In today’s connected economy, the food and beverage (F&B) businesses that lead the pack are those that are able to break down divisions between the various F&B categories to engage with consumers across their eating and drinking routines. Against this backdrop, Midwestern grocery chain Hy-Vee has shared a new store concept that pushes beyond the bounds of the supermarket. On Wednesday (Aug. 4), the company announced its Wall to Wall Wine and Spirits concept, stores that, as the name implies, are full of wine and spirits, along with some craft beers.
Read more: How Consumers Live In The Connected Economy
A few food items will be available at these stores, but they are offered as a complement to the beverages, rather than the reverse. Chips, crackers, cheeses, and other charcuterie board products will be available, as will a limited selection of nonalcoholic beverages.
“At Hy-Vee, we focus on the evolving lifestyles of our customers,” Randy Edeker, Hy-Vee’s chairman, CEO and president, said in a statement, adding that the concept aims to provide “a customer experience of the highest caliber.”
Upcoming locations in four markets have been announced, one in Iowa and three in Nebraska, though the company has not revealed when these stores are expected to open.
Kroger Partners With Lyft, Shell
Another grocer making moves outside supermarkets’ traditional purview this week is Kroger. The grocery giant announced Thursday (Aug. 5) that its healthcare division, aptly named Kroger Health, is partnering with Lyft to provide discounts on rides to and from vaccine appointments at any of Kroger’s pharmacy chains.
“Our partnership with Lyft creates greater accessibility to the vaccine and helps remove transportation barriers,” Colleen Lindholz, president of Kroger Health, said in a statement. “With the new Delta variant on the rise, it’s more important than ever that we push forward with our goals to achieve herd immunity and improve vaccine equity.”
Meanwhile, the chain is also partnering with gas company Shell to offer customers in parts of Florida — Orlando, Tampa and Jacksonville — discounted gas, reported Progressive Grocer Wednesday (Aug. 4). The discount, up to $1 per gallon, is available through the grocer’s loyalty program and is part of its existing Fuel Points program. The partnership involves 280 shell locations, and it will soon expand to other parts of Florida.
VC Backing For Plant-Based Products Expands To New Categories
Another week great week for vegans, with tens of millions in venture capital flooded into developing new plant-based grocery products.
Miyoko’s Creamery, which describes itself as the leading vegan dairy food company, announced that it had raised $52 million in its Series C funding round, which it will use for both distribution and development. While much of the development in plant-based foods is still centered on meat substitutes, Miyoko’s expands the category with butters and cheeses created from plant-based milks.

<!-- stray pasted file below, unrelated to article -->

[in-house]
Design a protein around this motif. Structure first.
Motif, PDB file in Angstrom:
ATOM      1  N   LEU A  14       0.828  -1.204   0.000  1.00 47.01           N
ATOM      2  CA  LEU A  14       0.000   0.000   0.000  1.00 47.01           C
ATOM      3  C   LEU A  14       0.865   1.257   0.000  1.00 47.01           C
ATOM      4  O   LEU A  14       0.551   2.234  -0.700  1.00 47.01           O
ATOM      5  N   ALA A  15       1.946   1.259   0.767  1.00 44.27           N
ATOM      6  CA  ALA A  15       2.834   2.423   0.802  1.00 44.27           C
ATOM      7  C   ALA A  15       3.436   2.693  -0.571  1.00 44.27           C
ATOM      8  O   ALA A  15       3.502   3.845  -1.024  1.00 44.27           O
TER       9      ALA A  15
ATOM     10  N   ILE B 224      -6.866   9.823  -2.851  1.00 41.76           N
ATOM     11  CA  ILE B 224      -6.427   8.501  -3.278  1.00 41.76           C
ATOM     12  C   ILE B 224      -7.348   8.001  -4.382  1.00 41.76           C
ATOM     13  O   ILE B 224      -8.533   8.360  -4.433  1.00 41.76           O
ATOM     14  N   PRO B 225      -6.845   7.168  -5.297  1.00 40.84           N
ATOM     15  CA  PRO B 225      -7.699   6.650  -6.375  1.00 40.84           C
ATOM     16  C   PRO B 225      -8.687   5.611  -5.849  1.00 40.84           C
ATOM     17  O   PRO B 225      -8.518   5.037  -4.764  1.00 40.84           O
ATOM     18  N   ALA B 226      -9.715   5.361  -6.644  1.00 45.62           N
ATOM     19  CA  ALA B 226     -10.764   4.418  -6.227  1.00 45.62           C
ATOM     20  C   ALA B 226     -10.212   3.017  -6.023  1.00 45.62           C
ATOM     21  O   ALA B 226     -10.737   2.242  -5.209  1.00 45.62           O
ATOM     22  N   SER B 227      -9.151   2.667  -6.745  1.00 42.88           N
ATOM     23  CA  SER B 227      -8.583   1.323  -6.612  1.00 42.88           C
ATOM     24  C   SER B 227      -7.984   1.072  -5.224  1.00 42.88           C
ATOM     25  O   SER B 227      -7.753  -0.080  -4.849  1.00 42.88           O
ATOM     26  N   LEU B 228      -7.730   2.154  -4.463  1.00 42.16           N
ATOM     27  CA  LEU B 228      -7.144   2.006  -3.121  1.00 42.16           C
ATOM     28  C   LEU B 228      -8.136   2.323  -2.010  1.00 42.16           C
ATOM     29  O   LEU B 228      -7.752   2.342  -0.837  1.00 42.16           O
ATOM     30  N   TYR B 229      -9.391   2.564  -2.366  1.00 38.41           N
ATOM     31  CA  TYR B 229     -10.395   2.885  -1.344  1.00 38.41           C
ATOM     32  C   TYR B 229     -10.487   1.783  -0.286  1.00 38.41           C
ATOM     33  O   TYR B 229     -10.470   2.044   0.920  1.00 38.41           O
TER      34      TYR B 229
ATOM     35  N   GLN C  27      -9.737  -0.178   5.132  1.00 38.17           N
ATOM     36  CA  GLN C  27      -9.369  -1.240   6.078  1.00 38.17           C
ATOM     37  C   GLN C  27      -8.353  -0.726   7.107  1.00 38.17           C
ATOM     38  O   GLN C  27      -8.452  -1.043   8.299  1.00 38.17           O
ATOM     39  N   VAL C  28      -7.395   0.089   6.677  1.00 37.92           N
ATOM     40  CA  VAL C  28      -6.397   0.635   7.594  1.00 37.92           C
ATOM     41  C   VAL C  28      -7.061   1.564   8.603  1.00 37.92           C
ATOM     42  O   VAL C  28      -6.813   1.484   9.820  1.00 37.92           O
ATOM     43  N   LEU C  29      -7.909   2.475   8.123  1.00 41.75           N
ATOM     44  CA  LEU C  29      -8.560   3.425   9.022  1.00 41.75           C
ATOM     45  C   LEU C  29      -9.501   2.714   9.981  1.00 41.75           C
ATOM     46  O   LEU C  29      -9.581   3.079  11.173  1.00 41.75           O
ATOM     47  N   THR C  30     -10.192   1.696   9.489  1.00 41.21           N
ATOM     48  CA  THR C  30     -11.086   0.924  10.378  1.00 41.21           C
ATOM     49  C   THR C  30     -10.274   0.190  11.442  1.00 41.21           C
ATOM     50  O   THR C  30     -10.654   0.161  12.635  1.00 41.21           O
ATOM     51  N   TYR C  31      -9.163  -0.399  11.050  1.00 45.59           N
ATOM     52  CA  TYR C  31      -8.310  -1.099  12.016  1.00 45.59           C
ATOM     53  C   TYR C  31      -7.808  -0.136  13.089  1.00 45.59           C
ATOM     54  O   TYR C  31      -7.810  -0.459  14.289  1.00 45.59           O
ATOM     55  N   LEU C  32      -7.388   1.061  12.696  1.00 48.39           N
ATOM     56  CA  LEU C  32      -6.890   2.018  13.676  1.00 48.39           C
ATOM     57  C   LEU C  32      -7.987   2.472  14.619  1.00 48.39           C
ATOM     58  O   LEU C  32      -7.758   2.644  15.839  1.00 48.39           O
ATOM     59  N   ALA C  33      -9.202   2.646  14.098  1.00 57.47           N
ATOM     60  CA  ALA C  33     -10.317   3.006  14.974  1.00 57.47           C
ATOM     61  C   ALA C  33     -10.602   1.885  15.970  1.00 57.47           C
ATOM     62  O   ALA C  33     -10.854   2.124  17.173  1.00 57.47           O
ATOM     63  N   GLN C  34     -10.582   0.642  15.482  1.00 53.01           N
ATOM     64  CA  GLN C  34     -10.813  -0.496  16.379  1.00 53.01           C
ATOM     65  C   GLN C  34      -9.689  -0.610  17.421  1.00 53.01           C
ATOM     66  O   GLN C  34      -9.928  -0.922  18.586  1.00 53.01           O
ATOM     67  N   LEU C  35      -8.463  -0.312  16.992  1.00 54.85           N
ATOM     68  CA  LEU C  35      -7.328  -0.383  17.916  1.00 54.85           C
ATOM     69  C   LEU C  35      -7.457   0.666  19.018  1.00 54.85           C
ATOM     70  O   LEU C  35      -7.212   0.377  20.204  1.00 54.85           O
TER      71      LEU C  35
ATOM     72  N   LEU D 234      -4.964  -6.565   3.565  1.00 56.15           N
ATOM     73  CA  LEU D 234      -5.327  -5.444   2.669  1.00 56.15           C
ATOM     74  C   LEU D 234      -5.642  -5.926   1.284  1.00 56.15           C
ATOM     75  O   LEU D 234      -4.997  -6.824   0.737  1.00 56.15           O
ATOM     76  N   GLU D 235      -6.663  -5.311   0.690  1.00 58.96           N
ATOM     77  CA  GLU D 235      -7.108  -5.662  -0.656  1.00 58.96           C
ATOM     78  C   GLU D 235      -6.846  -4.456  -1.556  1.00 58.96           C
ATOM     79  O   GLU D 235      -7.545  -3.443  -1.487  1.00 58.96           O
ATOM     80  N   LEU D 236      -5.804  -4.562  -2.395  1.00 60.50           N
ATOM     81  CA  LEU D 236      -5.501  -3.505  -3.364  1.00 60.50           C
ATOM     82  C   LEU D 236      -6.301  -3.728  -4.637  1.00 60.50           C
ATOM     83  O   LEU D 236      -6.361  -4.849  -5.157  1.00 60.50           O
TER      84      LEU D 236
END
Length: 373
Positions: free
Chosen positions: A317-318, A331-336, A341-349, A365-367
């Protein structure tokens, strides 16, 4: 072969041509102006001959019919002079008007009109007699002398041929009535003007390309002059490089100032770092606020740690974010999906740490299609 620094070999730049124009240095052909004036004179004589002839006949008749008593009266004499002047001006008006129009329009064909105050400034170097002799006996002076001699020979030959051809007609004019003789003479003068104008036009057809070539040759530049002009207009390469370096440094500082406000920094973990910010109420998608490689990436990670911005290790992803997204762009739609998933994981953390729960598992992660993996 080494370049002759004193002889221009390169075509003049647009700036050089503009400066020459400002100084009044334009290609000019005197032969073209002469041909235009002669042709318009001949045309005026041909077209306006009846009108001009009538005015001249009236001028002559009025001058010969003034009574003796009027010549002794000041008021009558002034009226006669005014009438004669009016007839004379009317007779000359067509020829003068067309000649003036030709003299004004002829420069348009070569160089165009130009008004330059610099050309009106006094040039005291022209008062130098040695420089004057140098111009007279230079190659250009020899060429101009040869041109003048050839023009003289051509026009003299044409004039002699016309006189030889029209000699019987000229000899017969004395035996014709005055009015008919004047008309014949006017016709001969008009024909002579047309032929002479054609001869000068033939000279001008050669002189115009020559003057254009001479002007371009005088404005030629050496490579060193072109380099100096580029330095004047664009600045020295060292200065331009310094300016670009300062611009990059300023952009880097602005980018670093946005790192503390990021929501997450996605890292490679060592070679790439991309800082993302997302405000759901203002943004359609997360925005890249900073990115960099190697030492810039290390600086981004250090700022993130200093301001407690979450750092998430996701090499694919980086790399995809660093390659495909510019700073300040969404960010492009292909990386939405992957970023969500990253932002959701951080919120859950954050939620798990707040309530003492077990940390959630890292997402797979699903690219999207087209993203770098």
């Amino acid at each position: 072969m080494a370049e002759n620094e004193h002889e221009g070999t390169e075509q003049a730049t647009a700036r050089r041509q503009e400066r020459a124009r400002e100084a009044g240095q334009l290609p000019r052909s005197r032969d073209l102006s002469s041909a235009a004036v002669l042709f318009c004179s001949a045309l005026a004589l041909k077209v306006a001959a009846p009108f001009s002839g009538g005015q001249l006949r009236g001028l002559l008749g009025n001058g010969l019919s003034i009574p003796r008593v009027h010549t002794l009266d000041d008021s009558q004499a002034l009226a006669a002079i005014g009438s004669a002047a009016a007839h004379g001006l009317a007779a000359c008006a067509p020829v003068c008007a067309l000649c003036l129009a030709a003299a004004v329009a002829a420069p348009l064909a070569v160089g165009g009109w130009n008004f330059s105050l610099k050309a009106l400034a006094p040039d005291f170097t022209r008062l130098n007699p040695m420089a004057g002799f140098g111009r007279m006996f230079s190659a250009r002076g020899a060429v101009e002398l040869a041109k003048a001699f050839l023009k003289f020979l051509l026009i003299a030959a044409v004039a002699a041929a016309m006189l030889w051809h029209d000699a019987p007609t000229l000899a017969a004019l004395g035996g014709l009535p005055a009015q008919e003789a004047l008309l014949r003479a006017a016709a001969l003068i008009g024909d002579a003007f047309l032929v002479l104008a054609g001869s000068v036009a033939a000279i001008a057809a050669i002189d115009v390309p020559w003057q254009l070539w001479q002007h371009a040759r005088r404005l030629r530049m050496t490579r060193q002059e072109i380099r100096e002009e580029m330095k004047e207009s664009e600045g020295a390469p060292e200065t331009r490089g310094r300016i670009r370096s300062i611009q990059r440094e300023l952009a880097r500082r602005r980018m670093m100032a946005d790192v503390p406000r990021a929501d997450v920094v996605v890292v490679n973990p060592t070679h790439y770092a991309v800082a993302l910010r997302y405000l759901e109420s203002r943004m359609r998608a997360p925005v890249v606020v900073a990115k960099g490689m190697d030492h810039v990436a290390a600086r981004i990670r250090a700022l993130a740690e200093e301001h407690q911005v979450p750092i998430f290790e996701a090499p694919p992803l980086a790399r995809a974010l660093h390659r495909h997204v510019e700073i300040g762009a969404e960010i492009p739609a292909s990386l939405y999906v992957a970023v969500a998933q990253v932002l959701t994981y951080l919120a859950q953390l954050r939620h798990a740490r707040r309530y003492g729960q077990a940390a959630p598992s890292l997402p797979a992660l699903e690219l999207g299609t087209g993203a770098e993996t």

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Meanwhile, TechCrunch reported, Swiss plant-based meat substitute company Planted raised $21 million in its second funding round, its “pre-B” round, and OffLimits, a vegan cereal company, announced that it had raised $2.3 million in pre-seed and seed funding. Planted creates a wide range of meat substitutes replicating animal products from many different cultural cuisines, and the company is currently working on creating plant-based schnitzel. Meanwhile, OffLimits is working on creating cereals that appeal to the values of a younger audience, while major national brands have remained largely the same for decades.
“There is definitely room to grow and with the Gen Z mindset of questioning legacy brands, we want to support what is new,” OffLimits CEO and Founder Emily Elyse Miller told the publication. “We are one of the few that are all plant-based, which was both a disturbing and surprising fact to find out.”
Southeastern Grocers Foregrounds Private Label With ‘Try It, Love It, Or Your Money Back’
With the private-label category seeing significant sales growth, many grocers have been turning to the category to drive up margins and to differentiate their offerings. Now, Southeastern Grocers, the Jacksonville, Florida-based supermarket group operating over 500 locations across the American south, is incentivizing consumers to try its own-brand products with a “Try it, Love it, or Your Money Back” offer. The money-back guarantee spans over 8,000 products across the company’s SE Grocers, Prestige, Essentials, and Naturally Better brands.
While historically private label brands were written off as lower quality copies of popular brands, the private-label category has been evolving in recent years, growing quicker than name brands. A Coresight Research report found that private label sales were growing 14 percent each year, compared to name brands’ 13 percent growth, and Private Label Manufacturers Association (PLMA) data show that supermarkets’ private label sales grew $8.5 billion in 2020.
Of the money-back guarantee, Gayle Shields, the supermarket group’s vice president of pharmacy and own brands, said in a statement, “At Southeastern Grocers … we continuously work to improve our offerings to provide the highest quality products at a great price.”